I recieved this update from VSC on the situation in Ecuador last night:
Initial reports today inform that sections of the Ecuadorean Police are staging street demonstrations, ostensibly for economic demands but in reality trying to subvert the legal order, including through trying to occupy the National Parliament. Additionally, in open revolt against the government, some police officers have taken illegal control over their police stations.
There are also reports that members of the Quito army barracks in the capital city occupied these barracks in open mutiny against the government. In response, President Rafael Correa went to the barracks to talk to the rebels and was attacked by CS gas which exploded near his face. The President is now in the hospital of the Quito Regiment, with minor concussions but well. The armed forces have him under their control in the Quito barracks.
In a clearly orchestrated action of open rebellion, members of the armed forces also took control and closed the Mariscal Antonio José de Sucre airport.
In response to these developments, on live TV through TELESUR at about 18 hrs (GMT) President Rafael Correa said: “It’s a coup d’etat, a conspiracy organised by the opposition.” President Correa hinted that UNASUR was likely to hold an emergency meeting to defend the democratic order that is under threat in Ecuador and also said that police officers supportive of the revolt were trying to get to his hospital room to attack him. He added that he was standing firm in the defence of the democratic order in Ecuador and there was no way he would capitulate, and that he could only lose his life.
The Foreign Affairs minister has called upon people to march to the hospital to protect the life of the President. Mass demonstrations are now taking place in the whole of Ecuador in support of the legitimate and democratically-elected government of President Correa. People are currently congregating around the Quito barracks hospital to protect the President.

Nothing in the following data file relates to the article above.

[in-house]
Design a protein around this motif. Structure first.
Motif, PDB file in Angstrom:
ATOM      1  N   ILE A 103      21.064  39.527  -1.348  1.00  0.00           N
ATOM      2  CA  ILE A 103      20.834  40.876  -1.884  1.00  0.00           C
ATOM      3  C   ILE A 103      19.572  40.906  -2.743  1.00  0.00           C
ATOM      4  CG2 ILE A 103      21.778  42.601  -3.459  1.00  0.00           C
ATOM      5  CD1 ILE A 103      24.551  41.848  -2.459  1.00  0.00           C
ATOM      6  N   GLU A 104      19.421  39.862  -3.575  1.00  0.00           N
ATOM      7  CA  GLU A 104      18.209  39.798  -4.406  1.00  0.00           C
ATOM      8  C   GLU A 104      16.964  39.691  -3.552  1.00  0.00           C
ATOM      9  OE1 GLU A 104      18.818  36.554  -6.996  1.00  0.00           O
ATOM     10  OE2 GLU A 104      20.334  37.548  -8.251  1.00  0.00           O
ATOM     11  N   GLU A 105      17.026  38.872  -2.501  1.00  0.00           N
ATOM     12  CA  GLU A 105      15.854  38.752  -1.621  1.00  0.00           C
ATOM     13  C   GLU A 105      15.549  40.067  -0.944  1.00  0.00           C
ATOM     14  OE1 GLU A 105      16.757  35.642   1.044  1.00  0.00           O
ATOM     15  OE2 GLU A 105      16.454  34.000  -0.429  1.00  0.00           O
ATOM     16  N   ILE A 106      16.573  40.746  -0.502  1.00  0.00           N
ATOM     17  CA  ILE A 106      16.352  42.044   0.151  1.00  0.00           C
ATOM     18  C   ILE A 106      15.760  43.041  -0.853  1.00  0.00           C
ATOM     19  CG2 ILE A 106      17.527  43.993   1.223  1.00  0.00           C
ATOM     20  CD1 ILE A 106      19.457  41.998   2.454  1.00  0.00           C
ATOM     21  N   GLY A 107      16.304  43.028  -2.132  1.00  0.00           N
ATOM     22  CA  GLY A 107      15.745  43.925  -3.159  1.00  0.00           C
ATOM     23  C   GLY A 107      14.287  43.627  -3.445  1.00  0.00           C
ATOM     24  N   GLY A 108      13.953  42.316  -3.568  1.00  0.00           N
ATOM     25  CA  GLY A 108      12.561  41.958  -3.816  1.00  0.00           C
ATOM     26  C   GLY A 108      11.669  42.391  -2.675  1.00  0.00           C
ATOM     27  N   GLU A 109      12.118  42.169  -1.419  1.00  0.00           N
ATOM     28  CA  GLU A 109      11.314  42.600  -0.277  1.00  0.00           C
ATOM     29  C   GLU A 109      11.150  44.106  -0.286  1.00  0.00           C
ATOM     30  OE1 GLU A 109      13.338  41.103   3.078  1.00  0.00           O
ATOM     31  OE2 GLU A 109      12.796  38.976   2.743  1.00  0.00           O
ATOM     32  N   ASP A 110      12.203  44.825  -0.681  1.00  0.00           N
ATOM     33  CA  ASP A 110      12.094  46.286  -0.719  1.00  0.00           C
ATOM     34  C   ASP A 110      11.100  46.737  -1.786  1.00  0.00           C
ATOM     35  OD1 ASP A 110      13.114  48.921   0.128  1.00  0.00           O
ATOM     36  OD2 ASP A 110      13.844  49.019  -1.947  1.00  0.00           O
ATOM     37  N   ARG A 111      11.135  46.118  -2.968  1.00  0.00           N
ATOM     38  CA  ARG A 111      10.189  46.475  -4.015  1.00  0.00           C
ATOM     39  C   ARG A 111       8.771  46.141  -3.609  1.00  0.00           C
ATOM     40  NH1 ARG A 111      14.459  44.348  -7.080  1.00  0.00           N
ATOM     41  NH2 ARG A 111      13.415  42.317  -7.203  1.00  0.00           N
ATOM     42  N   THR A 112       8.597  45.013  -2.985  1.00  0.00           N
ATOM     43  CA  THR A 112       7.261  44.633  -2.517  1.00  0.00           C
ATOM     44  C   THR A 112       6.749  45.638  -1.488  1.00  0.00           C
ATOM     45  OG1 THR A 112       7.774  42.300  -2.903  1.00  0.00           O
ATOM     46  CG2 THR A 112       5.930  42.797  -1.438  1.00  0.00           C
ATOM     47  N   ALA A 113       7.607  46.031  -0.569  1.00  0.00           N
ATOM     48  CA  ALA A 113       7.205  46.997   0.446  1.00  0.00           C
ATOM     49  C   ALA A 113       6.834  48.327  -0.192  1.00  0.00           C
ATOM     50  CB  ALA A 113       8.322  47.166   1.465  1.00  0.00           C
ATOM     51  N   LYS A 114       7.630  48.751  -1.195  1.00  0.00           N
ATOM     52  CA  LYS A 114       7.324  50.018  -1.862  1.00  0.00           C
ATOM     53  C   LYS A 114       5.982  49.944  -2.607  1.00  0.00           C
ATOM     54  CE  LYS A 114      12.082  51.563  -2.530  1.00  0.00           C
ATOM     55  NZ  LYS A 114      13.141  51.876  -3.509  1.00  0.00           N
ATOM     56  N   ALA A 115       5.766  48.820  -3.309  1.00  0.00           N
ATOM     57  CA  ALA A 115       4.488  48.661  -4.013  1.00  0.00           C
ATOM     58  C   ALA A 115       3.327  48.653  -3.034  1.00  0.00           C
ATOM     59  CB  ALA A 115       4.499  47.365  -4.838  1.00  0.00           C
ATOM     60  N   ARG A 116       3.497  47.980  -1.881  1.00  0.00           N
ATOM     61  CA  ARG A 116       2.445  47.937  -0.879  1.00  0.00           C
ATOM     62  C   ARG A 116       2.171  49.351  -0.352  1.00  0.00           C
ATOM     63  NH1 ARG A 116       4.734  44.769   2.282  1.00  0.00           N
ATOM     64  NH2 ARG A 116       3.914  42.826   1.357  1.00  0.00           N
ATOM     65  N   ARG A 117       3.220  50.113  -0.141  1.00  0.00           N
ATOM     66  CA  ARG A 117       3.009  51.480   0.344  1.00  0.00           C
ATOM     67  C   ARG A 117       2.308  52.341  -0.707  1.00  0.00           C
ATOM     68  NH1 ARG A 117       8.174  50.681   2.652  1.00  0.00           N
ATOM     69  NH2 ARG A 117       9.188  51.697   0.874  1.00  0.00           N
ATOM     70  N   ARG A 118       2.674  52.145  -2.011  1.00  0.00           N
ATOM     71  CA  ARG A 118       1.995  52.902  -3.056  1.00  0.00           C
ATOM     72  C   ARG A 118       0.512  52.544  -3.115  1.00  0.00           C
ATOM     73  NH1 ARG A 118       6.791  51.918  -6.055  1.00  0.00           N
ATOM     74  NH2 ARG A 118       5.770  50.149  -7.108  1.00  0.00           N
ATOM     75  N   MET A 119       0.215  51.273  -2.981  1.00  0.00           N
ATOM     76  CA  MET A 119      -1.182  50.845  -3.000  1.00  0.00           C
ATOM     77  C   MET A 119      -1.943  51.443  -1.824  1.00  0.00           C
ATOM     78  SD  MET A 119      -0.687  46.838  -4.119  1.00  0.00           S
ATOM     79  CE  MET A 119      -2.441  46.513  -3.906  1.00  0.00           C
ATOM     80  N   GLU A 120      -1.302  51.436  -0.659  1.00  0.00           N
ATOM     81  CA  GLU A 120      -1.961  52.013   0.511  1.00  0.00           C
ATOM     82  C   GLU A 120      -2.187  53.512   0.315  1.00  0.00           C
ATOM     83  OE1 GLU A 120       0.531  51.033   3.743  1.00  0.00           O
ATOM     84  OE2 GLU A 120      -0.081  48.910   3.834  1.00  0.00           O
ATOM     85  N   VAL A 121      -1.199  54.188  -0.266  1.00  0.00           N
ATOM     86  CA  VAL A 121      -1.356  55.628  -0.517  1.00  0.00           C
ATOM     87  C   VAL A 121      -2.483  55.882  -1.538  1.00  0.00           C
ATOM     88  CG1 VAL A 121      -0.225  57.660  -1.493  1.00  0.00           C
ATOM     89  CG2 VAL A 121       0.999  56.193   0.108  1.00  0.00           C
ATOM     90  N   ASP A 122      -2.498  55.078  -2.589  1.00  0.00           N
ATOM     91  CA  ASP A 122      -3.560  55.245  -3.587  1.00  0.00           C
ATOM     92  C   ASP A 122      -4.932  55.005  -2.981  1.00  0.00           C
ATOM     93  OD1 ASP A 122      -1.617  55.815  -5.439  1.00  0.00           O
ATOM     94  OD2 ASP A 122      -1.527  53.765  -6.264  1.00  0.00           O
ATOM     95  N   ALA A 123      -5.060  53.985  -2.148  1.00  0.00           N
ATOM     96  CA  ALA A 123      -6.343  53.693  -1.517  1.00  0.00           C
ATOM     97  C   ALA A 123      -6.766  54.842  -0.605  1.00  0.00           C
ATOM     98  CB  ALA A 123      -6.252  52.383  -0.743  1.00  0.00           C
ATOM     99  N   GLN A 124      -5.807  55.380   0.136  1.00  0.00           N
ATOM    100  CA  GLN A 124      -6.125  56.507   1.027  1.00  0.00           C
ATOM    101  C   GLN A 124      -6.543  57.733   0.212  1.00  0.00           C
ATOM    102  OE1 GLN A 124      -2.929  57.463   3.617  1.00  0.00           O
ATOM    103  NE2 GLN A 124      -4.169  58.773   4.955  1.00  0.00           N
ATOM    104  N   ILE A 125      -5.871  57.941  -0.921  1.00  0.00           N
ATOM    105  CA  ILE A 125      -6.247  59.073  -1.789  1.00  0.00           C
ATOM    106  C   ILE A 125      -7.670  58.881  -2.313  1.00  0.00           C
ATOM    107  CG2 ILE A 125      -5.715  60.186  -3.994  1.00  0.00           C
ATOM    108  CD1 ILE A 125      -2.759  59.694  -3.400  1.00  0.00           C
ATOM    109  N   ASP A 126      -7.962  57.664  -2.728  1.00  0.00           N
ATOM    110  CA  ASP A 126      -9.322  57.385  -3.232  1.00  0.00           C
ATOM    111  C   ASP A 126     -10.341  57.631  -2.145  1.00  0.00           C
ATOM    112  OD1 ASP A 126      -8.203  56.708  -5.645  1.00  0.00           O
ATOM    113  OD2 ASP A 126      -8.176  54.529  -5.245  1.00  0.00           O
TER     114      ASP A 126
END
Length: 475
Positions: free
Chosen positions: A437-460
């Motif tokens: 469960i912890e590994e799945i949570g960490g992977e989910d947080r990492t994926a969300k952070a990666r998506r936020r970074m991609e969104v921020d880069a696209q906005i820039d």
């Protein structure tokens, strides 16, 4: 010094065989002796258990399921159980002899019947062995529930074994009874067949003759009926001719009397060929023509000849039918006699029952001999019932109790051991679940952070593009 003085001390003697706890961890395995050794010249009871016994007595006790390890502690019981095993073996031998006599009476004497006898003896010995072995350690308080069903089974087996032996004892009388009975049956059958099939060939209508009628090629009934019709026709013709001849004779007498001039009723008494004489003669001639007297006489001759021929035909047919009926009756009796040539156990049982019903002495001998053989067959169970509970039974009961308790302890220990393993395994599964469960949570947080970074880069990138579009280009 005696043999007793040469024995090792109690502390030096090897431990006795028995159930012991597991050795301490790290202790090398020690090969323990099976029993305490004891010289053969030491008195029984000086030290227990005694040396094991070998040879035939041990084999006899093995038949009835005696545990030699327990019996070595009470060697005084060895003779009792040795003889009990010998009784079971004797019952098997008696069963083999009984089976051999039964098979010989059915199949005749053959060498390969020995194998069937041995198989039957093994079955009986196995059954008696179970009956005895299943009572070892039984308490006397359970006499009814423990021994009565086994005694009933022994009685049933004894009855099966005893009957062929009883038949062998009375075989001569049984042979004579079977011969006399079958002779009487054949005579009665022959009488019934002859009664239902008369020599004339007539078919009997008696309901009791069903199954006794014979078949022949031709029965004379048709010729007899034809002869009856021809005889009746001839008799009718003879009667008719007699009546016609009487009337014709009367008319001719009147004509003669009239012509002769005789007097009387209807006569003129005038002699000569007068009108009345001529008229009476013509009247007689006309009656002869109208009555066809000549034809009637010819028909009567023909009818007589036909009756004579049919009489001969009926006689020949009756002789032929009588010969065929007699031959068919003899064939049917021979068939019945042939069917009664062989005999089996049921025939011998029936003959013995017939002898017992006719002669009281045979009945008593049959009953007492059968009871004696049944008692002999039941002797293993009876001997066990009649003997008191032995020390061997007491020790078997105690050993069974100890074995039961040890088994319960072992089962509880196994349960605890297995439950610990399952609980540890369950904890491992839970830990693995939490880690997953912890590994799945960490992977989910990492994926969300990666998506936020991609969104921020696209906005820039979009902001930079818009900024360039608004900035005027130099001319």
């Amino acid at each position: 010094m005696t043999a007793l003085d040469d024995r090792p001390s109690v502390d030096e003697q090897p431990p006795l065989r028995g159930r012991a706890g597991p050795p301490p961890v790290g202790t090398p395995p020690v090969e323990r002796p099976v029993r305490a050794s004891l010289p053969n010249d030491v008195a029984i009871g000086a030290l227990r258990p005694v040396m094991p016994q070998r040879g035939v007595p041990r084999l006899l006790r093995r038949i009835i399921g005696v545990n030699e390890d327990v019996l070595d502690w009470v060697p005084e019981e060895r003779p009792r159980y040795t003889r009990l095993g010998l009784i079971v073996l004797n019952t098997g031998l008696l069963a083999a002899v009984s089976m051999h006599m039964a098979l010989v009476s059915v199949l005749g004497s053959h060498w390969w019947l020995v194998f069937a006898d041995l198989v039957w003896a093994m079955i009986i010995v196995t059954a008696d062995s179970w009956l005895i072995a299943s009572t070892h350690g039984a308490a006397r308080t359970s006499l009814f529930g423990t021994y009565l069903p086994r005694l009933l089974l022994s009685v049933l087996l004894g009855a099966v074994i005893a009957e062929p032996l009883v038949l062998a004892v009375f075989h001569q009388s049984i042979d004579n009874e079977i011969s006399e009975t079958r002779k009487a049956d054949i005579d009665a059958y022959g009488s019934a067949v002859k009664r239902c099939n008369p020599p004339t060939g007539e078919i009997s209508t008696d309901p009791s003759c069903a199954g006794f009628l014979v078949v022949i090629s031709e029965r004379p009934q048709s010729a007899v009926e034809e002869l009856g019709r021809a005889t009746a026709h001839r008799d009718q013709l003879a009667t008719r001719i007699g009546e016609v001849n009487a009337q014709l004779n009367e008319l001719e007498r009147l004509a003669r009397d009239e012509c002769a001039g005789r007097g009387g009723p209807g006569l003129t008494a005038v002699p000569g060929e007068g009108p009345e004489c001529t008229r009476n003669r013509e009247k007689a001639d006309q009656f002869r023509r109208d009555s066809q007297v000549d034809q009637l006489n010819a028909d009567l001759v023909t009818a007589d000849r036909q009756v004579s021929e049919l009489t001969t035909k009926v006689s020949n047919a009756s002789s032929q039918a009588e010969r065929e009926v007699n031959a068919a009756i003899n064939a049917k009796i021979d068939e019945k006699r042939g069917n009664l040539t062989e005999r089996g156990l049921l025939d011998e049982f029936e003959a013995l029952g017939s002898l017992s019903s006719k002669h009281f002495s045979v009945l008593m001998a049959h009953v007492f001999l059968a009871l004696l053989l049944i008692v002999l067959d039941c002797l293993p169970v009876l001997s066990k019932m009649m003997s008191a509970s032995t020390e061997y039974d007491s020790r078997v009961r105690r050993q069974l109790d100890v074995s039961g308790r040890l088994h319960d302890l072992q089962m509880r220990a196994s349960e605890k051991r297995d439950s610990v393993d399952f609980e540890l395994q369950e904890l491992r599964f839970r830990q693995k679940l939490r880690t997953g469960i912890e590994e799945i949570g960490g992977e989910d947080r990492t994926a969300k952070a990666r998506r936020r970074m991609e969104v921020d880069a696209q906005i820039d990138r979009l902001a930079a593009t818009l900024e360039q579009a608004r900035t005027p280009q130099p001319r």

President Correa and his government have won every single democratic election since his election in 2006. The government has expanded democracy and implemented policies to redistribute income to the poor, benefiting millions of people hitherto socially excluded. The country has also had a new constitution overwhelmingly approved at a national referendum, which is deemed to be one of the greenest and most progressive constitutions in the world.
Venezuela Solidarity Campaign
Thankfully, the coup has since been defeated:
The military has freed Ecuadoran President Rafael Correa and the attempted coup in Ecaudor against the elected government is over. Troops loyal to Ecuadorian President Rafael Correa have freed him from the military hospital where he was previously held hostage by right-wing coup police. Five troops were injured during the rescue operation but no soldier was killed.
Thousands of people gathered in Quito in support of the president and against the coup. Once released, Correa addressed a large number of triumphant supporters gathered at the Plaza of Independence in Quito chanting: “El pueblo unido jamás… será vencido!” (“The people united will never be defeated!”).
“What loyalty, what support! This will serve as an example for those who want to stop the revolution not through the ballot box but with weapons,” said President Correa.
Additionally, Ecuador’s police commander General Freddy Martinez has now resigned. About 50 people, including Ecuador’s Foreign Minister Ricardo Patino, were injured on Thursday during clashes between the rebel police and supporters of the Ecuadoran president.
Support for Correa has been strong internationally and regionally, with the Organization of American States making a strong statement and heads of state of members of UNASUR had planned on travelling to Ecuador if necessary. Hugo Chavez, the Venezulean president, described the unrest as “an effort to overthrow President Correa,” adding that “together with the people of Latin America and the Caribbean we will be vigilant and standing in solidarity [with Correa] in this historic moment.”
Venezuela Solidarity Campaign
The defeat of the coup should be celebrated. However, it’s also an alarming reminder that the social progress made in Latin America by the tide of Leftist governments needs our solidarity.